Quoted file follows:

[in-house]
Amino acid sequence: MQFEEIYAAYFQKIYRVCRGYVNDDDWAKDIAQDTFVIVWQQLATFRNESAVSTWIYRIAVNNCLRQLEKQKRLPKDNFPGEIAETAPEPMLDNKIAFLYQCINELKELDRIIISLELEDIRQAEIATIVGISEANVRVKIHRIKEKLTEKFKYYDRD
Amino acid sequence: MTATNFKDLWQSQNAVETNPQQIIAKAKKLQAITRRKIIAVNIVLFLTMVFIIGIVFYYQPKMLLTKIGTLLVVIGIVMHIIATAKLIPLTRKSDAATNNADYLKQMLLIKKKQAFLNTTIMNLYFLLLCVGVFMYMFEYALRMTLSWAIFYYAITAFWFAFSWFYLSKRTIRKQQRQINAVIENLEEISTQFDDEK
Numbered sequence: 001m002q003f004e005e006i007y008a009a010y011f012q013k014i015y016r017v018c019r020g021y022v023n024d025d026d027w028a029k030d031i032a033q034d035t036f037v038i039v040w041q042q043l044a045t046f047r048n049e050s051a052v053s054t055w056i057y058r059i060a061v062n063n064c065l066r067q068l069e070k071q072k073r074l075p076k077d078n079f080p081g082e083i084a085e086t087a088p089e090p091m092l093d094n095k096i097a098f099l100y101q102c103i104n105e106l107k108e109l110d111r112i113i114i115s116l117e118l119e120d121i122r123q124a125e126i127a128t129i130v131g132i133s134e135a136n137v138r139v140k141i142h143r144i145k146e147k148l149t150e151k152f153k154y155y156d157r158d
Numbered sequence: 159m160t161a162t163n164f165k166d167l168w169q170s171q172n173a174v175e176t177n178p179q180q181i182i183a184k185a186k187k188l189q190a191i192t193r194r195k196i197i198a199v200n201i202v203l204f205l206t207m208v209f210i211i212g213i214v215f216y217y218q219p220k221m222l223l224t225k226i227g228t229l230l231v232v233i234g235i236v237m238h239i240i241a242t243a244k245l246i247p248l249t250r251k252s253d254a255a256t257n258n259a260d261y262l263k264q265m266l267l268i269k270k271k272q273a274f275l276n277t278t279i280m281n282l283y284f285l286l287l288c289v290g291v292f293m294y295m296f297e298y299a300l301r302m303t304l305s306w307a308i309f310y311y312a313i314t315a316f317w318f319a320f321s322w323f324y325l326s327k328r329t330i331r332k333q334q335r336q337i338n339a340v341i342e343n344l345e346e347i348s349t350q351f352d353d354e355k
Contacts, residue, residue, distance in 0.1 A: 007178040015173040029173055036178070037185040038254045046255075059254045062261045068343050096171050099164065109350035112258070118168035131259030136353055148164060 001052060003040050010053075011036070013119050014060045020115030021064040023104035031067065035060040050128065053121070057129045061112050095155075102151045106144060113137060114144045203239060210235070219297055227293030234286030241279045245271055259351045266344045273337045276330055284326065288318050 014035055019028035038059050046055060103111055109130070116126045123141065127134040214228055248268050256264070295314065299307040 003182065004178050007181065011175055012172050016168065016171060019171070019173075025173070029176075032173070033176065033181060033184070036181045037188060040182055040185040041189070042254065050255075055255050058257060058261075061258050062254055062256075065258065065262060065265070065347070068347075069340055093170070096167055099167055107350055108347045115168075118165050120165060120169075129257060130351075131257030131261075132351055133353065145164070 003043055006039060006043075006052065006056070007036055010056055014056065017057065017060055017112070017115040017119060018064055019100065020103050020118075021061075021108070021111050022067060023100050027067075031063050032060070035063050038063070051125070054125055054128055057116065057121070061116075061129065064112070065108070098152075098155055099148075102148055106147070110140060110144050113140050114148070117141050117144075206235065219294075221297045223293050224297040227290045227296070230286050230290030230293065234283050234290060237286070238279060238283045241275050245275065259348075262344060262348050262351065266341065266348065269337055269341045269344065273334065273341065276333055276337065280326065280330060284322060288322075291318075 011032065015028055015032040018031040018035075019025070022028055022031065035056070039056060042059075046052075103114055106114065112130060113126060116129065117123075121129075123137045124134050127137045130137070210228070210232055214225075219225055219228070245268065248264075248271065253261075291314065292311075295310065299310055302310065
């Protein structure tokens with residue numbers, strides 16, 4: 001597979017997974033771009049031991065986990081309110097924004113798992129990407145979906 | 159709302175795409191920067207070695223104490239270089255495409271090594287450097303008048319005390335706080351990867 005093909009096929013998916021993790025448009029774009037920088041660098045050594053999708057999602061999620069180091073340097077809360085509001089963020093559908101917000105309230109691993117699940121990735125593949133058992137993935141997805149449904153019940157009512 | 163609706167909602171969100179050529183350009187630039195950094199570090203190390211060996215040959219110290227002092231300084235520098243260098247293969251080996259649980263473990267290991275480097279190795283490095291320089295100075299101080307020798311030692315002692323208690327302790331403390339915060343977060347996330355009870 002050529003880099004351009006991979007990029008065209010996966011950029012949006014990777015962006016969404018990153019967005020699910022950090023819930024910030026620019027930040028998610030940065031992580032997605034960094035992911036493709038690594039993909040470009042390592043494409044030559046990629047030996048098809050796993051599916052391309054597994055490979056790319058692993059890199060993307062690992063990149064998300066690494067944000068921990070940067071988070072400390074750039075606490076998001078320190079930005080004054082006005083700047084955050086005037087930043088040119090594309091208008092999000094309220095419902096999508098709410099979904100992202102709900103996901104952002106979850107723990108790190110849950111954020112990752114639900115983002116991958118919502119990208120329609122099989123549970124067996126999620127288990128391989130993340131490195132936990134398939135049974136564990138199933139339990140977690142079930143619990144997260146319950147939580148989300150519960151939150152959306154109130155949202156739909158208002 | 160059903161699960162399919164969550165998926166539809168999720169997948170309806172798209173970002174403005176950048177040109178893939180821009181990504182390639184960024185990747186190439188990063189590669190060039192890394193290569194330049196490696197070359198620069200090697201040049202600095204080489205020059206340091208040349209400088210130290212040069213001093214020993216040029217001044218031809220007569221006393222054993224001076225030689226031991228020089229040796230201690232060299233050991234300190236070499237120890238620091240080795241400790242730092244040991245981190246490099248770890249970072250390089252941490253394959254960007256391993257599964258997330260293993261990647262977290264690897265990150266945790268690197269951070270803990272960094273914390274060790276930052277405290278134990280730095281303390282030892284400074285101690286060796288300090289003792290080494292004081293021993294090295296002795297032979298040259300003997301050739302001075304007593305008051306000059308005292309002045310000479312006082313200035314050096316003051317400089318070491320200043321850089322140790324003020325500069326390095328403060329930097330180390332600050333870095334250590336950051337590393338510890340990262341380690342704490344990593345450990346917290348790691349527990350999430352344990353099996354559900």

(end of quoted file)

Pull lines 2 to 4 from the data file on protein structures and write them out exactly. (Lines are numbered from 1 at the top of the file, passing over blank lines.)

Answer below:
Amino acid sequence: MQFEEIYAAYFQKIYRVCRGYVNDDDWAKDIAQDTFVIVWQQLATFRNESAVSTWIYRIAVNNCLRQLEKQKRLPKDNFPGEIAETAPEPMLDNKIAFLYQCINELKELDRIIISLELEDIRQAEIATIVGISEANVRVKIHRIKEKLTEKFKYYDRD
Amino acid sequence: MTATNFKDLWQSQNAVETNPQQIIAKAKKLQAITRRKIIAVNIVLFLTMVFIIGIVFYYQPKMLLTKIGTLLVVIGIVMHIIATAKLIPLTRKSDAATNNADYLKQMLLIKKKQAFLNTTIMNLYFLLLCVGVFMYMFEYALRMTLSWAIFYYAITAFWFAFSWFYLSKRTIRKQQRQINAVIENLEEISTQFDDEK
Numbered sequence: 001m002q003f004e005e006i007y008a009a010y011f012q013k014i015y016r017v018c019r020g021y022v023n024d025d026d027w028a029k030d031i032a033q034d035t036f037v038i039v040w041q042q043l044a045t046f047r048n049e050s051a052v053s054t055w056i057y058r059i060a061v062n063n064c065l066r067q068l069e070k071q072k073r074l075p076k077d078n079f080p081g082e083i084a085e086t087a088p089e090p091m092l093d094n095k096i097a098f099l100y101q102c103i104n105e106l107k108e109l110d111r112i113i114i115s116l117e118l119e120d121i122r123q124a125e126i127a128t129i130v131g132i133s134e135a136n137v138r139v140k141i142h143r144i145k146e147k148l149t150e151k152f153k154y155y156d157r158d